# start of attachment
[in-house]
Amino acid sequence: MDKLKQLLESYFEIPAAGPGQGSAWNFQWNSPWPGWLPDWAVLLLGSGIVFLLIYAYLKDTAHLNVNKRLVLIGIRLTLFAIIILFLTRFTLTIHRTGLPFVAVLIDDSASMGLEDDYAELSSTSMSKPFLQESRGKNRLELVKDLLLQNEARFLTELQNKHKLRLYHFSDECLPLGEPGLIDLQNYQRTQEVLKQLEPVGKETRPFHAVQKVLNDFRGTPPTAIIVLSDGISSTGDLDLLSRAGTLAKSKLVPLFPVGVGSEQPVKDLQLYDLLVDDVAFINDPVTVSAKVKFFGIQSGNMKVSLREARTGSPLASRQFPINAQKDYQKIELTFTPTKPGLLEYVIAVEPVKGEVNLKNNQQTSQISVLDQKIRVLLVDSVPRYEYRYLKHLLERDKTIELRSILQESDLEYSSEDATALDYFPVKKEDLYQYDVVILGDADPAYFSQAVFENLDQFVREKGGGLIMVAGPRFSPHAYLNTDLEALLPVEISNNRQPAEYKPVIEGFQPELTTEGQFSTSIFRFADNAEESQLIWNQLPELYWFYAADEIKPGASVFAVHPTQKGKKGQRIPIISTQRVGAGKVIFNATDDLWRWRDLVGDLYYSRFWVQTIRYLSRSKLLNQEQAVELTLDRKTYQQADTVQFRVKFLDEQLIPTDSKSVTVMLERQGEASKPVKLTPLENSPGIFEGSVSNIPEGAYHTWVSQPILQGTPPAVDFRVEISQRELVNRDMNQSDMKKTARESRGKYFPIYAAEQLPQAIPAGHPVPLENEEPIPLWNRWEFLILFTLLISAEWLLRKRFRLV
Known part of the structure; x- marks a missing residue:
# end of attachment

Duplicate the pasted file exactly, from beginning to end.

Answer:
[in-house]
Amino acid sequence: MDKLKQLLESYFEIPAAGPGQGSAWNFQWNSPWPGWLPDWAVLLLGSGIVFLLIYAYLKDTAHLNVNKRLVLIGIRLTLFAIIILFLTRFTLTIHRTGLPFVAVLIDDSASMGLEDDYAELSSTSMSKPFLQESRGKNRLELVKDLLLQNEARFLTELQNKHKLRLYHFSDECLPLGEPGLIDLQNYQRTQEVLKQLEPVGKETRPFHAVQKVLNDFRGTPPTAIIVLSDGISSTGDLDLLSRAGTLAKSKLVPLFPVGVGSEQPVKDLQLYDLLVDDVAFINDPVTVSAKVKFFGIQSGNMKVSLREARTGSPLASRQFPINAQKDYQKIELTFTPTKPGLLEYVIAVEPVKGEVNLKNNQQTSQISVLDQKIRVLLVDSVPRYEYRYLKHLLERDKTIELRSILQESDLEYSSEDATALDYFPVKKEDLYQYDVVILGDADPAYFSQAVFENLDQFVREKGGGLIMVAGPRFSPHAYLNTDLEALLPVEISNNRQPAEYKPVIEGFQPELTTEGQFSTSIFRFADNAEESQLIWNQLPELYWFYAADEIKPGASVFAVHPTQKGKKGQRIPIISTQRVGAGKVIFNATDDLWRWRDLVGDLYYSRFWVQTIRYLSRSKLLNQEQAVELTLDRKTYQQADTVQFRVKFLDEQLIPTDSKSVTVMLERQGEASKPVKLTPLENSPGIFEGSVSNIPEGAYHTWVSQPILQGTPPAVDFRVEISQRELVNRDMNQSDMKKTARESRGKYFPIYAAEQLPQAIPAGHPVPLENEEPIPLWNRWEFLILFTLLISAEWLLRKRFRLV
Known part of the structure; x- marks a missing residue: